UHDRS‐FAP Superior to UHDRS for Patients With Advanced Huntington Disease

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Two physicians administered both UHDRS and UHDRS-FAP scales twice on the same day to patients with Huntington disease.
Two physicians administered both UHDRS and UHDRS-FAP scales twice on the same day to patients with Huntington disease.

The Unified Huntington's Disease Rating Scale for Advanced Patients (UHDRS-FAP) may better differentiate between patients with severe Huntington disease than the Unified Huntington's Disease Rating Scale (UHDRS), according to a study published in Movement Disorders Clinical Practice.  

The ceiling and floor effects of the UHDRS, the standard clinical assessment tool for Huntington disease, can interfere with the detection of changes in patients with more advanced cases. For this reason, the UHDRS-FAP was created for late-stage cases of Huntington disease. For the current cross-sectional study, researchers tested the utility of the UHDRS-FAP by examining whether it could better differentiate between patients with advanced cases of Huntington disease than the UHDRS. Forty institutionalized and day-care patients were assessed by each scale, as well as the Care Dependency Scale (CDS) and the Total Functional Capacity (TFC), to measure disease severity. Comparisons between the consecutive TFC stages were performed for all UHDRS, UHDRS-FAP, and CDS domains using Mann-Whitney U tests.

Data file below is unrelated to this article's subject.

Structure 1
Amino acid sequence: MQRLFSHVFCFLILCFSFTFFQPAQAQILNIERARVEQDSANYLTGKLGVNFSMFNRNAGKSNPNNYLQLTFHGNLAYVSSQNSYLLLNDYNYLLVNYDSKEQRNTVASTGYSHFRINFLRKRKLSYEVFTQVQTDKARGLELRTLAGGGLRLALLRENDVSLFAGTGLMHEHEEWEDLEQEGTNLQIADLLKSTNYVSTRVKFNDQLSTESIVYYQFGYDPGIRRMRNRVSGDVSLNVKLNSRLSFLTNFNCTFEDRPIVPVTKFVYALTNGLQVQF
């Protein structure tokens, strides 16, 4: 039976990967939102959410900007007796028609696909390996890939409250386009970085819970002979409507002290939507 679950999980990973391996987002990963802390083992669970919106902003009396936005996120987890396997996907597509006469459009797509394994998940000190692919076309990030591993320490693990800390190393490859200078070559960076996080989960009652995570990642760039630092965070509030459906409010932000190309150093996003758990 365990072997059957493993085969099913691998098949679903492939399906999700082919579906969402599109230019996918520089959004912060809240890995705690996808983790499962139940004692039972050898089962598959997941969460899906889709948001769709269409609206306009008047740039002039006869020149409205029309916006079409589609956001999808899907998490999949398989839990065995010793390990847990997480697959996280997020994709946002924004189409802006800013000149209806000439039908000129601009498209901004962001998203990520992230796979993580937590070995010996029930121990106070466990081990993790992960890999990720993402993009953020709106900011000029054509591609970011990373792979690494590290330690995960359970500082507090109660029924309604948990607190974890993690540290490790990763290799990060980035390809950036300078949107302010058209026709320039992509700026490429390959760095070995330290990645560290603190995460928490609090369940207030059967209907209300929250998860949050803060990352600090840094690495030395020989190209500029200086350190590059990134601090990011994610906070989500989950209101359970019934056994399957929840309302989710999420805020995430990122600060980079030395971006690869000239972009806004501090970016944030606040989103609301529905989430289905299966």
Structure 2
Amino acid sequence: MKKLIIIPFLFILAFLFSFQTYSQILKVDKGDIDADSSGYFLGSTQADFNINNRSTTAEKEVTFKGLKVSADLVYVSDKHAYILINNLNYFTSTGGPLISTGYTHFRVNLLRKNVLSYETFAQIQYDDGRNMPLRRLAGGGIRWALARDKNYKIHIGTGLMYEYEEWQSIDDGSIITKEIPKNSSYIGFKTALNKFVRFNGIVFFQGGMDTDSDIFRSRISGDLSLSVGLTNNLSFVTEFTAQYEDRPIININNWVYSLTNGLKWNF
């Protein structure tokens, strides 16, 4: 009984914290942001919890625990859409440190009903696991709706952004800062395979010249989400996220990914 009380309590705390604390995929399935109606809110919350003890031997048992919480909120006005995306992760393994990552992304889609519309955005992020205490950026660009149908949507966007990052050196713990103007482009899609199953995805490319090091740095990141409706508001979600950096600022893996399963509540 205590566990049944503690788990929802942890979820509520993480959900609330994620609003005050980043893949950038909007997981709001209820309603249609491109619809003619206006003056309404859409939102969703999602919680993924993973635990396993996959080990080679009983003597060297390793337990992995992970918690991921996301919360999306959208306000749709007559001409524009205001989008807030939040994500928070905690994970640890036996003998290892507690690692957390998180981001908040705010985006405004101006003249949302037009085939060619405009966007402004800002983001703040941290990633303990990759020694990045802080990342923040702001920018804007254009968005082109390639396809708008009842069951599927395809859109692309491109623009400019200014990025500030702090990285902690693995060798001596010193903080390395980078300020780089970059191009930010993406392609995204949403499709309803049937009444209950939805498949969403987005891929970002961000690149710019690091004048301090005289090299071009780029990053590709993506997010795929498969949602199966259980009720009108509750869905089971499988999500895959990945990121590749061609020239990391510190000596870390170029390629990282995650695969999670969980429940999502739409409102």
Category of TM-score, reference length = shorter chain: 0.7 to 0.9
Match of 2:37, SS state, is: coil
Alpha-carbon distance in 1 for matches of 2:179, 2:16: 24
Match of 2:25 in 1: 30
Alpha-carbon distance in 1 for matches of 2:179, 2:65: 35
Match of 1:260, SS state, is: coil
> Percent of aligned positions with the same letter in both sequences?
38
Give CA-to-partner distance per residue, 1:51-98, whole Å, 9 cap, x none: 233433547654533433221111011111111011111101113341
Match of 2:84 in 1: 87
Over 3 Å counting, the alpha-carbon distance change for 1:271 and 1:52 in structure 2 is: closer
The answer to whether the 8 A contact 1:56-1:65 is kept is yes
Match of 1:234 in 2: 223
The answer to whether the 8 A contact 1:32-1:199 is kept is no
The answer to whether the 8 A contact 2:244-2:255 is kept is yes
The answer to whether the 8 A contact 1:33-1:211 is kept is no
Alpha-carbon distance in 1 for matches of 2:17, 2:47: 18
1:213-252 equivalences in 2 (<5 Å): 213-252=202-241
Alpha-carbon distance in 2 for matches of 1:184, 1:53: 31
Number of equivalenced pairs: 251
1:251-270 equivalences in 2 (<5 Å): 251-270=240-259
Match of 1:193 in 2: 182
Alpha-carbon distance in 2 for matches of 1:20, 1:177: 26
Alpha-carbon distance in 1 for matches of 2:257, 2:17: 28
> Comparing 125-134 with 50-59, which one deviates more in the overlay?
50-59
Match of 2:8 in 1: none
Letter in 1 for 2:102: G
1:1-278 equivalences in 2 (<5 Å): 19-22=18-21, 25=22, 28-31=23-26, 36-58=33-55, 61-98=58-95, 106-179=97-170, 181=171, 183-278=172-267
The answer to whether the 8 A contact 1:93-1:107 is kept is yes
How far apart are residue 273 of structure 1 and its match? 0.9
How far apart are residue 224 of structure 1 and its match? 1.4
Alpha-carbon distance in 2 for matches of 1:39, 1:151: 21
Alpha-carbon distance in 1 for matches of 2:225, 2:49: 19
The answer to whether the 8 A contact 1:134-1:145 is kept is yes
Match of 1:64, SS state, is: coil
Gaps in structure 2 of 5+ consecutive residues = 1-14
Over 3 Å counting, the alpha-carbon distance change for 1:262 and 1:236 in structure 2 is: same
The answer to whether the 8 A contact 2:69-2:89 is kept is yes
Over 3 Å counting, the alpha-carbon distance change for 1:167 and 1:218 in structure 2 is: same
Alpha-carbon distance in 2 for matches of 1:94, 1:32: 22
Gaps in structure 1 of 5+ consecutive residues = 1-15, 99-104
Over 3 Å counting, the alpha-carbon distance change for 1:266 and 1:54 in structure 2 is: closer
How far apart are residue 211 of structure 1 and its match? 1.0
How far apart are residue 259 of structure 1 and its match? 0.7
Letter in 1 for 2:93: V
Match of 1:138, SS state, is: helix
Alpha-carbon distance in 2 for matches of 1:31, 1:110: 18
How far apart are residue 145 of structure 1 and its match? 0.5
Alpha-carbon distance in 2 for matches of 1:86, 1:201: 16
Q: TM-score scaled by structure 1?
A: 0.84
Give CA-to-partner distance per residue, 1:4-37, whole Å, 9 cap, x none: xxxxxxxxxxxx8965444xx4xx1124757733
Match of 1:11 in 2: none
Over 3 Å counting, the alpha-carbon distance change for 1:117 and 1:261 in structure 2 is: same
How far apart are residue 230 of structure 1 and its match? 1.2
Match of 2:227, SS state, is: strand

The only subscales with significantly worse TFC stage 5 scores compared with stage 4 were the motor scores of the UHDRS and UHDRS-FAP (.466 and .525, respectively), and in both TFC stage 4 and 5 the motor score range of the UHDRS-FAP was broader (17.9% vs 8.9%), the effect size r was higher, and the standard error of measurement was lower (1.89 vs 5.63) than for the UHDRS motor score. CDS scores declined significantly across all stages of TFC.

Study investigators conclude that because the UHDRS-FAP motor score can differentiate more effectively between Huntington's disease in TFC stages 4 and 5, "this subscale can possibly improve disease monitoring and, subsequently, care in patients with advanced [Huntington disease] in long-term care facilities. Cognitive and behavioral assessments do not seem useful for differentiating between patients in late-stage [Huntington disease] (TFC stages 4–5). However, behavioral evaluation is useful for clinical care."

Reference

Winder JY, Achterberg WP, Marinus J, Gardiner SL, Roos RAC. Assessment scales for patients with advanced Huntington's disease: comparison of the UHDRS and UHDRS‐FAP [published online August 24, 2018]. Mov Disord Clin Pract. doi: 10.1002/mdc3.12646

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